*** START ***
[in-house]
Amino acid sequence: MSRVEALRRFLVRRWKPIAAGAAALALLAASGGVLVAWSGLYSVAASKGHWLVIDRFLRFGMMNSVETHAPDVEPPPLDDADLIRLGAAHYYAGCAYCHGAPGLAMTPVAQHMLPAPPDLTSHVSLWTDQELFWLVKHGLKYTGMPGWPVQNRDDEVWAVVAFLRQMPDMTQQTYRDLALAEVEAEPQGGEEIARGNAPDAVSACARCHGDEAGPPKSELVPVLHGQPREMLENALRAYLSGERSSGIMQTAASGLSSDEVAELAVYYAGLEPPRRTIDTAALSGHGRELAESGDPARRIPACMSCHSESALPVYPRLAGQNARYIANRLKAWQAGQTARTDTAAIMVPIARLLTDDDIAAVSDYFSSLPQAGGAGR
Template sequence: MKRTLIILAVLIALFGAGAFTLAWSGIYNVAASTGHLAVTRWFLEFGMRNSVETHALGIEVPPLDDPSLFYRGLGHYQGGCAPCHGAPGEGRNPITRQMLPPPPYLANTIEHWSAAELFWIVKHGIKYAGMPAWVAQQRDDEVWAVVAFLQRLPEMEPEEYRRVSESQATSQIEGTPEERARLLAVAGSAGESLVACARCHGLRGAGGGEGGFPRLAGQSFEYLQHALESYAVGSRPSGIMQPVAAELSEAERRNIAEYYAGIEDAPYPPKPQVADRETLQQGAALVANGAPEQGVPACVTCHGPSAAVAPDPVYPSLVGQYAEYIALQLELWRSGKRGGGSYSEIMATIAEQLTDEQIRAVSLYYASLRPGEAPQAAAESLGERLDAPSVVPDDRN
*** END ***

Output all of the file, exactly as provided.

[in-house]
Amino acid sequence: MSRVEALRRFLVRRWKPIAAGAAALALLAASGGVLVAWSGLYSVAASKGHWLVIDRFLRFGMMNSVETHAPDVEPPPLDDADLIRLGAAHYYAGCAYCHGAPGLAMTPVAQHMLPAPPDLTSHVSLWTDQELFWLVKHGLKYTGMPGWPVQNRDDEVWAVVAFLRQMPDMTQQTYRDLALAEVEAEPQGGEEIARGNAPDAVSACARCHGDEAGPPKSELVPVLHGQPREMLENALRAYLSGERSSGIMQTAASGLSSDEVAELAVYYAGLEPPRRTIDTAALSGHGRELAESGDPARRIPACMSCHSESALPVYPRLAGQNARYIANRLKAWQAGQTARTDTAAIMVPIARLLTDDDIAAVSDYFSSLPQAGGAGR
Template sequence: MKRTLIILAVLIALFGAGAFTLAWSGIYNVAASTGHLAVTRWFLEFGMRNSVETHALGIEVPPLDDPSLFYRGLGHYQGGCAPCHGAPGEGRNPITRQMLPPPPYLANTIEHWSAAELFWIVKHGIKYAGMPAWVAQQRDDEVWAVVAFLQRLPEMEPEEYRRVSESQATSQIEGTPEERARLLAVAGSAGESLVACARCHGLRGAGGGEGGFPRLAGQSFEYLQHALESYAVGSRPSGIMQPVAAELSEAERRNIAEYYAGIEDAPYPPKPQVADRETLQQGAALVANGAPEQGVPACVTCHGPSAAVAPDPVYPSLVGQYAEYIALQLELWRSGKRGGGSYSEIMATIAEQLTDEQIRAVSLYYASLRPGEAPQAAAESLGERLDAPSVVPDDRN